Fargo, N.D. – Xiangfa Wu, assistant professor of mechanical engineering, has received a three-year, $218,325 award from the National Science Foundation to conduct research outlined in his proposal, titled “Multi-Physics Modeling and Experimental Characterization of Needleless Electrospinning for Scalable Nanofiber Production.”
The funding also provides research opportunities to graduate and undergraduate students to develop computer-aided electrospinning strategies for continuous, scalable production of ultrathin fibers or wires with the diameter in the range of a few nanometers to micrometers.
The research program in Wu’s group focuses on using electrospinning to produce nanofibers of a variety of materials such as synthetic and natural polymers, carbon, ceramics and metals, with well controlled size and morphology for advanced applications including high-strength self-healing polymer matrix composites, high-performance electrodes for use in supercapacitors and rechargeable batteries, ultrafine liquid and gas filters.
Electrospinning is a low-cost, top-down nanomanufacturing technique based on the principle of electrohydrodynamic jetting. Recently, the nanofiber productivity of electrospinning has been enhanced in orders by introducing the concept of free-surface electrohydrodynamic jetting or needleless electrospinning. Yet, controllable needleless electrospinning has not been explored fully.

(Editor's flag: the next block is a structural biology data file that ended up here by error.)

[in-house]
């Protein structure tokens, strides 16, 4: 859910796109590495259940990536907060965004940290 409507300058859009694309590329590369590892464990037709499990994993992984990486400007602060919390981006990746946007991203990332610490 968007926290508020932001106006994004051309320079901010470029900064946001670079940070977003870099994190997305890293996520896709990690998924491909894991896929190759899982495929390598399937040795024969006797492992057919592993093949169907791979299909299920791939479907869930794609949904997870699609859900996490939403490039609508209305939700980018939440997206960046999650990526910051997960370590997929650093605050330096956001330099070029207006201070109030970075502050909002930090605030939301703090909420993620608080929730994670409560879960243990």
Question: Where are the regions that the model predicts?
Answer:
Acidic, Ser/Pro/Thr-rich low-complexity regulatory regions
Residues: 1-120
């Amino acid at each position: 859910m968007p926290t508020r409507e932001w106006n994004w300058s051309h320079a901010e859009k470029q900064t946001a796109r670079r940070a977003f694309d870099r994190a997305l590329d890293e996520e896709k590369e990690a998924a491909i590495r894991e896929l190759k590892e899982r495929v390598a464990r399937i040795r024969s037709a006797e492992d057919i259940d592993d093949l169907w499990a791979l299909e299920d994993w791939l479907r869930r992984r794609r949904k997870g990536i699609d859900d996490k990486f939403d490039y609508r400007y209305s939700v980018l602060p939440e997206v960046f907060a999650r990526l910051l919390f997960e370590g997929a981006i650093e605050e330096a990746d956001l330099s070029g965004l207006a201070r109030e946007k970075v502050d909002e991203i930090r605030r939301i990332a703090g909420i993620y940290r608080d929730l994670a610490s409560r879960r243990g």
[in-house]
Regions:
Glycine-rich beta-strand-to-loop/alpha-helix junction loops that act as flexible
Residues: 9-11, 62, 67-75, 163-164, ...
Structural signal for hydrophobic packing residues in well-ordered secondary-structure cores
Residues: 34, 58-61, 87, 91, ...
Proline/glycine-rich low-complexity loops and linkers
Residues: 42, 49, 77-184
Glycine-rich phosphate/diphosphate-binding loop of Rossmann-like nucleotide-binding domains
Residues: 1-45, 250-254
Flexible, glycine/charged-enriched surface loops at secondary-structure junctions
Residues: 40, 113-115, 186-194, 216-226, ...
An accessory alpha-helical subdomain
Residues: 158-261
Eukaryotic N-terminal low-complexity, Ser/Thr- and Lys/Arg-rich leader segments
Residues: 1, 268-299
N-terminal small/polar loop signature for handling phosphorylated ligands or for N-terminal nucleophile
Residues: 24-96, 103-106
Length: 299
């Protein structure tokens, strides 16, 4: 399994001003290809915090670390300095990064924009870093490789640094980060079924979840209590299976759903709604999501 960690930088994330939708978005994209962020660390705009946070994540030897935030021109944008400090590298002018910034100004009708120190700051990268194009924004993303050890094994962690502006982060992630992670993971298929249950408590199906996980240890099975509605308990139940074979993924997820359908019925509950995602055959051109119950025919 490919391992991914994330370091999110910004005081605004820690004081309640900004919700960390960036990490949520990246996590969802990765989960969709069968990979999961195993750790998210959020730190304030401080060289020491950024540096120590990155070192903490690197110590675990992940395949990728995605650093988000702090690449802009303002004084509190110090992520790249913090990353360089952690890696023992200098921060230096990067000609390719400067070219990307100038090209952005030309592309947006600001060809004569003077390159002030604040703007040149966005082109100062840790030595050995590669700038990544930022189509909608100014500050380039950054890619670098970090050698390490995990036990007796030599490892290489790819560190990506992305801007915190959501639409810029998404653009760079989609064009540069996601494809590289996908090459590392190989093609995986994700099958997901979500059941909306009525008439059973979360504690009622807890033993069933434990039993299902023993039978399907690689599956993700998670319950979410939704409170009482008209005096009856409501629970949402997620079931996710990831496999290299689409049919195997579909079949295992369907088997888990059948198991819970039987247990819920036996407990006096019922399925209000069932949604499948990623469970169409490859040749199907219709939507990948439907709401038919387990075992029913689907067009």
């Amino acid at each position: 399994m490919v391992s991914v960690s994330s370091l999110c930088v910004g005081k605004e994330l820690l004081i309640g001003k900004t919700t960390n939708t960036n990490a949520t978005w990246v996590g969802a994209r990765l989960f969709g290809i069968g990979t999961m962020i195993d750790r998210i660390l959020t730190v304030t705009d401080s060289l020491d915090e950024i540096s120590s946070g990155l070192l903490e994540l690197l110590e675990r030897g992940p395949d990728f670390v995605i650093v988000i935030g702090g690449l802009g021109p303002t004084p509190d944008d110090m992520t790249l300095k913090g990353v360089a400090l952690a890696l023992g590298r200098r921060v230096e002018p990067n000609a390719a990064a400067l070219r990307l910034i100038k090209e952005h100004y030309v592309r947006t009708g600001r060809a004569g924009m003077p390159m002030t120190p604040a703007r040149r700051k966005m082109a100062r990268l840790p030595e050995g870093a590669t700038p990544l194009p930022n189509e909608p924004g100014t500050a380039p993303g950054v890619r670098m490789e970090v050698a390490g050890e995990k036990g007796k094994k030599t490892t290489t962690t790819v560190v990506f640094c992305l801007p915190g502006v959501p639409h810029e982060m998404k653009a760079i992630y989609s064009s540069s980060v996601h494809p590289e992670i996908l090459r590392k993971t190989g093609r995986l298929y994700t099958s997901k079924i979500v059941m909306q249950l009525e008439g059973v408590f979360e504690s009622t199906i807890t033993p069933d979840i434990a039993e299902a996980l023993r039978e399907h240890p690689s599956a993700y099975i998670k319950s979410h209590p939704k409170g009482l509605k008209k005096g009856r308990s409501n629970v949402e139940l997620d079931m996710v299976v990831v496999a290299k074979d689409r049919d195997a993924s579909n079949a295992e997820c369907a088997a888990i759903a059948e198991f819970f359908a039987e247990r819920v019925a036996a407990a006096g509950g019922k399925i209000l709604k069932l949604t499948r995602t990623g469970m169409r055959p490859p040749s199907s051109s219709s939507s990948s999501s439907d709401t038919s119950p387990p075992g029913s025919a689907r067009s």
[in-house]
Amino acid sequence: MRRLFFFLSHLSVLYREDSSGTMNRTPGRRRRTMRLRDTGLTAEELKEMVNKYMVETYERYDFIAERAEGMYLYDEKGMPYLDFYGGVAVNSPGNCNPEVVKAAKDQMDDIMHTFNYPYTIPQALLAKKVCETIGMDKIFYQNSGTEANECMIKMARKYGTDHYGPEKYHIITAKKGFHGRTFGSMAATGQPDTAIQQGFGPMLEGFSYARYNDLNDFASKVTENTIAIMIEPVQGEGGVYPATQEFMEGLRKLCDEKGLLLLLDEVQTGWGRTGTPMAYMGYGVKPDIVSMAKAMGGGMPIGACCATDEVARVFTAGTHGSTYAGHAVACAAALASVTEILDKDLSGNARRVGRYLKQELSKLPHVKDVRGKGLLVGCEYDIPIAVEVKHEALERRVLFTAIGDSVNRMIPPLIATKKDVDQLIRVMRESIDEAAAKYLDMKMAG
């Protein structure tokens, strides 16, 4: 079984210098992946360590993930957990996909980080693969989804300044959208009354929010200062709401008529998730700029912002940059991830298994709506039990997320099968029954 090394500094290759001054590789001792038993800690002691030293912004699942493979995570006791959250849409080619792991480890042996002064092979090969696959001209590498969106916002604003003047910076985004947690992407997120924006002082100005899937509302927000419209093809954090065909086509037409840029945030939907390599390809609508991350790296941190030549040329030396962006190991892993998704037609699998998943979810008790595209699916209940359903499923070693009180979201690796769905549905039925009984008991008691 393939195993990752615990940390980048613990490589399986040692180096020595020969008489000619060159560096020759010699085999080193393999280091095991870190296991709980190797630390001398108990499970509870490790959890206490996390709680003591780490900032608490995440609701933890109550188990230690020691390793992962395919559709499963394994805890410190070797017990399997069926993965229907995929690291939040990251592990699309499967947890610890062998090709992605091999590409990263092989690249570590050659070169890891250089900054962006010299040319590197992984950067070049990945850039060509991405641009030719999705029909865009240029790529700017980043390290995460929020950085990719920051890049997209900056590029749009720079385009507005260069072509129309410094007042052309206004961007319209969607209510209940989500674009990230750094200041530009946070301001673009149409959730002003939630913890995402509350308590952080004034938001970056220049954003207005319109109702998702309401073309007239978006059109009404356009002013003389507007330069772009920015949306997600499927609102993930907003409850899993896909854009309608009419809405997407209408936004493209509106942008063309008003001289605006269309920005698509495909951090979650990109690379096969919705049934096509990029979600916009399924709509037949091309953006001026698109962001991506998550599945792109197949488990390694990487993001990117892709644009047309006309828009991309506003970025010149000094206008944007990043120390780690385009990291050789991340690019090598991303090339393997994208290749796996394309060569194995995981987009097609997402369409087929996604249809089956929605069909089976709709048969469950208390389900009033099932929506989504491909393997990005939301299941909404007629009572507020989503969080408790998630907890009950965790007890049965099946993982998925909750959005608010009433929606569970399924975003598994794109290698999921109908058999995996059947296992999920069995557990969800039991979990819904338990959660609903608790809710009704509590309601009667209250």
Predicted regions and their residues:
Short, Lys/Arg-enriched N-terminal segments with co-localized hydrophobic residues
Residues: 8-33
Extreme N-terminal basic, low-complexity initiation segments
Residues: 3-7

Based on the funding from the National Science Foundation, Wu’s research group will study computer-aided electrospinning engineering for intelligent mass production of nanofibers with tailorable properties. One of the research goals is to gain a fundamental understanding of the entire process of needleless electrospinning, including jet initiation and elongation, drying, phase separation and nanopore formation by developing an efficient three-dimensional multi-physics phase-field model and related experimental validation.
According to Wu, students involved in the proposed investigations will learn advanced computational multi-physics modeling, design and optimization of electrospinning devices, controllable nanofiber manufacturing and characterization.
The research is funded by National Science Foundation award No. CMMI-1234297.
NDSU is recognized as one of the nation’s top 108 public and private universities by the Carnegie Commission on Higher Education.